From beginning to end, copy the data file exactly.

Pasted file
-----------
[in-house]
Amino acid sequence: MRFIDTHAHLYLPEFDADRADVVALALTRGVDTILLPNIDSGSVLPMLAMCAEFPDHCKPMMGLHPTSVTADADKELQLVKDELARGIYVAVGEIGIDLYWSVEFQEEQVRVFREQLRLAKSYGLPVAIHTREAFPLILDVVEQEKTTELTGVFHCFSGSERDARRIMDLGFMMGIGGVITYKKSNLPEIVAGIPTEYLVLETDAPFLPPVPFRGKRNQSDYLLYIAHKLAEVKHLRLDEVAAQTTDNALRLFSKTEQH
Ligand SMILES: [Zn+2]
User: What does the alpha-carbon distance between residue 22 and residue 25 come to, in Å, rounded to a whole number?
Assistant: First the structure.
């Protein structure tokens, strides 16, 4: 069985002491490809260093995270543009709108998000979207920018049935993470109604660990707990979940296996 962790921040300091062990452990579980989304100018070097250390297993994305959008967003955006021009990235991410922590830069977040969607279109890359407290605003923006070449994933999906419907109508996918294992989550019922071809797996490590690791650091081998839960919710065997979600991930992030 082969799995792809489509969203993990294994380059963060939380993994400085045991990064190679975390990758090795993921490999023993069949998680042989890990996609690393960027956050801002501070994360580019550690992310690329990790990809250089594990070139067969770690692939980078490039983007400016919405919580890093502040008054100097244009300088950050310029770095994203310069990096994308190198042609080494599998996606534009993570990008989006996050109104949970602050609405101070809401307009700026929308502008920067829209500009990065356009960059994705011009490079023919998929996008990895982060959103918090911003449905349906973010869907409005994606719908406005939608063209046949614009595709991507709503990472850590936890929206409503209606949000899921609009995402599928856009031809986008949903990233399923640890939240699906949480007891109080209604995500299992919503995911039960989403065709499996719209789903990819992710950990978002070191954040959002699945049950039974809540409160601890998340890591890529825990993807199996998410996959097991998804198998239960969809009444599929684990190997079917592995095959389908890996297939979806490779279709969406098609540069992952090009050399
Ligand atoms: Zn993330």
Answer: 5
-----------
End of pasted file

[in-house]
Amino acid sequence: MRFIDTHAHLYLPEFDADRADVVALALTRGVDTILLPNIDSGSVLPMLAMCAEFPDHCKPMMGLHPTSVTADADKELQLVKDELARGIYVAVGEIGIDLYWSVEFQEEQVRVFREQLRLAKSYGLPVAIHTREAFPLILDVVEQEKTTELTGVFHCFSGSERDARRIMDLGFMMGIGGVITYKKSNLPEIVAGIPTEYLVLETDAPFLPPVPFRGKRNQSDYLLYIAHKLAEVKHLRLDEVAAQTTDNALRLFSKTEQH
Ligand SMILES: [Zn+2]
User: What does the alpha-carbon distance between residue 22 and residue 25 come to, in Å, rounded to a whole number?
Assistant: First the structure.
């Protein structure tokens, strides 16, 4: 069985002491490809260093995270543009709108998000979207920018049935993470109604660990707990979940296996 962790921040300091062990452990579980989304100018070097250390297993994305959008967003955006021009990235991410922590830069977040969607279109890359407290605003923006070449994933999906419907109508996918294992989550019922071809797996490590690791650091081998839960919710065997979600991930992030 082969799995792809489509969203993990294994380059963060939380993994400085045991990064190679975390990758090795993921490999023993069949998680042989890990996609690393960027956050801002501070994360580019550690992310690329990790990809250089594990070139067969770690692939980078490039983007400016919405919580890093502040008054100097244009300088950050310029770095994203310069990096994308190198042609080494599998996606534009993570990008989006996050109104949970602050609405101070809401307009700026929308502008920067829209500009990065356009960059994705011009490079023919998929996008990895982060959103918090911003449905349906973010869907409005994606719908406005939608063209046949614009595709991507709503990472850590936890929206409503209606949000899921609009995402599928856009031809986008949903990233399923640890939240699906949480007891109080209604995500299992919503995911039960989403065709499996719209789903990819992710950990978002070191954040959002699945049950039974809540409160601890998340890591890529825990993807199996998410996959097991998804198998239960969809009444599929684990190997079917592995095959389908890996297939979806490779279709969406098609540069992952090009050399
Ligand atoms: Zn993330």
Answer: 5